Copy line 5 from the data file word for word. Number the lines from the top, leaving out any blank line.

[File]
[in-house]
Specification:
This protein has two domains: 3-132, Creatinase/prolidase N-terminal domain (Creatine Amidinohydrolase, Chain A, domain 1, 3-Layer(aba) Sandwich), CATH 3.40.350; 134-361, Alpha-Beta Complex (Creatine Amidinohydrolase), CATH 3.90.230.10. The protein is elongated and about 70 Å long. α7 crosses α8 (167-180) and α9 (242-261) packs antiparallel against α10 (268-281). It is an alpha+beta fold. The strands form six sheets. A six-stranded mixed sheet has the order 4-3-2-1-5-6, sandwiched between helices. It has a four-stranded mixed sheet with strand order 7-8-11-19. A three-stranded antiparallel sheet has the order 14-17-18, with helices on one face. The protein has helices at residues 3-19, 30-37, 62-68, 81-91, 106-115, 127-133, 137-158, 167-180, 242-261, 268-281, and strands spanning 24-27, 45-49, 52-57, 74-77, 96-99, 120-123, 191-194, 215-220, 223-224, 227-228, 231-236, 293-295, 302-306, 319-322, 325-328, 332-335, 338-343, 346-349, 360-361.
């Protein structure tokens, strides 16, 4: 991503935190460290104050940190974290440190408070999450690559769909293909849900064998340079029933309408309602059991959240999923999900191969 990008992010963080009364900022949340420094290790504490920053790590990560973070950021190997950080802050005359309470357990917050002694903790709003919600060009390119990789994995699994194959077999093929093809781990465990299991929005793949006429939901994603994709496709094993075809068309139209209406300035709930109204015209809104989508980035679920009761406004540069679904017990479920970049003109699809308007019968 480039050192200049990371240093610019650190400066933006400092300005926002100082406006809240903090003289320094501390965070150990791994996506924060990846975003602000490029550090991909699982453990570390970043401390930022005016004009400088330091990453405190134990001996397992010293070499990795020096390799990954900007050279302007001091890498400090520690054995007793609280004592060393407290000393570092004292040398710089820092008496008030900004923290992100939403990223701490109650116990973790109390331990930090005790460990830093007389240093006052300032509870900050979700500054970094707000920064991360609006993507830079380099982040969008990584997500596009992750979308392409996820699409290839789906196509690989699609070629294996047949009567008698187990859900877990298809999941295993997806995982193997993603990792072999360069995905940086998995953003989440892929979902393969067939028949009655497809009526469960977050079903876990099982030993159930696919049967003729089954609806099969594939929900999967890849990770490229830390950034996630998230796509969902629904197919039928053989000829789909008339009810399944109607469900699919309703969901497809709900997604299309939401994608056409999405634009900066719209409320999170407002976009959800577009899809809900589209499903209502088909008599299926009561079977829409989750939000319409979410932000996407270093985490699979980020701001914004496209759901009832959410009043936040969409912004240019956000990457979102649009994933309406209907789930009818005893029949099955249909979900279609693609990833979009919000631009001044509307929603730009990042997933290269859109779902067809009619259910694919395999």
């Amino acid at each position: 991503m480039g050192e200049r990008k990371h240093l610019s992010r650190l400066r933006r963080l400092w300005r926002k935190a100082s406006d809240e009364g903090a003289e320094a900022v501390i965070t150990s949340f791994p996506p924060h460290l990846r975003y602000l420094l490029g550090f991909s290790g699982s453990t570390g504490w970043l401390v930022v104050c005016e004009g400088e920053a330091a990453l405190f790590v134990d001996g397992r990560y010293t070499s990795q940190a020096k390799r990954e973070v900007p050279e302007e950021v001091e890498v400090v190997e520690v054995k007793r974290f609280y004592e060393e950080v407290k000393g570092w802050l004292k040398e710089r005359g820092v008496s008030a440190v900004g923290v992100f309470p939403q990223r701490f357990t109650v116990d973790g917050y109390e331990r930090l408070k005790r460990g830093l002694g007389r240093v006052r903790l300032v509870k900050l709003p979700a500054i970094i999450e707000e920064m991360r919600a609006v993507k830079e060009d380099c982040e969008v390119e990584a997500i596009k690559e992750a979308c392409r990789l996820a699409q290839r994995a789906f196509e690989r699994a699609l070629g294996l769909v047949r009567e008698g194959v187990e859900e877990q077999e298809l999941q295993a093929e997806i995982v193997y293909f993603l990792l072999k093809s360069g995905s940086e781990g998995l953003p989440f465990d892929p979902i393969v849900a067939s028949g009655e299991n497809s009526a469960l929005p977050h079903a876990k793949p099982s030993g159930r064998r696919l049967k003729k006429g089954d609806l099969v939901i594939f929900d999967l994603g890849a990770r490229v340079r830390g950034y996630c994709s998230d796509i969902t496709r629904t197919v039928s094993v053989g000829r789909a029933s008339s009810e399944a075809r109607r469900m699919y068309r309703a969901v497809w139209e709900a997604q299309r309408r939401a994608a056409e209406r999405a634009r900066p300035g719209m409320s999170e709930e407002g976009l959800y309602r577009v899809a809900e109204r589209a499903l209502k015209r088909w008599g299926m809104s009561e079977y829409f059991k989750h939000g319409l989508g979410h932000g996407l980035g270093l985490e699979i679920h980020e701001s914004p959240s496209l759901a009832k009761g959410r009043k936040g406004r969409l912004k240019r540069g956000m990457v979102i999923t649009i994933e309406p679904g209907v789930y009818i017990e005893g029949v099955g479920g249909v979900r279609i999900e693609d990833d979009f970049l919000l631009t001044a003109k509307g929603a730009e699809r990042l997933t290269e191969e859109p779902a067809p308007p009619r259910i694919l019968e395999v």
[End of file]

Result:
């Amino acid at each position: 991503m480039g050192e200049r990008k990371h240093l610019s992010r650190l400066r933006r963080l400092w300005r926002k935190a100082s406006d809240e009364g903090a003289e320094a900022v501390i965070t150990s949340f791994p996506p924060h460290l990846r975003y602000l420094l490029g550090f991909s290790g699982s453990t570390g504490w970043l401390v930022v104050c005016e004009g400088e920053a330091a990453l405190f790590v134990d001996g397992r990560y010293t070499s990795q940190a020096k390799r990954e973070v900007p050279e302007e950021v001091e890498v400090v190997e520690v054995k007793r974290f609280y004592e060393e950080v407290k000393g570092w802050l004292k040398e710089r005359g820092v008496s008030a440190v900004g923290v992100f309470p939403q990223r701490f357990t109650v116990d973790g917050y109390e331990r930090l408070k005790r460990g830093l002694g007389r240093v006052r903790l300032v509870k900050l709003p979700a500054i970094i999450e707000e920064m991360r919600a609006v993507k830079e060009d380099c982040e969008v390119e990584a997500i596009k690559e992750a979308c392409r990789l996820a699409q290839r994995a789906f196509e690989r699994a699609l070629g294996l769909v047949r009567e008698g194959v187990e859900e877990q077999e298809l999941q295993a093929e997806i995982v193997y293909f993603l990792l072999k093809s360069g995905s940086e781990g998995l953003p989440f465990d892929p979902i393969v849900a067939s028949g009655e299991n497809s009526a469960l929005p977050h079903a876990k793949p099982s030993g159930r064998r696919l049967k003729k006429g089954d609806l099969v939901i594939f929900d999967l994603g890849a990770r490229v340079r830390g950034y996630c994709s998230d796509i969902t496709r629904t197919v039928s094993v053989g000829r789909a029933s008339s009810e399944a075809r109607r469900m699919y068309r309703a969901v497809w139209e709900a997604q299309r309408r939401a994608a056409e209406r999405a634009r900066p300035g719209m409320s999170e709930e407002g976009l959800y309602r577009v899809a809900e109204r589209a499903l209502k015209r088909w008599g299926m809104s009561e079977y829409f059991k989750h939000g319409l989508g979410h932000g996407l980035g270093l985490e699979i679920h980020e701001s914004p959240s496209l759901a009832k009761g959410r009043k936040g406004r969409l912004k240019r540069g956000m990457v979102i999923t649009i994933e309406p679904g209907v789930y009818i017990e005893g029949v099955g479920g249909v979900r279609i999900e693609d990833d979009f970049l919000l631009t001044a003109k509307g929603a730009e699809r990042l997933t290269e191969e859109p779902a067809p308007p009619r259910i694919l019968e395999v």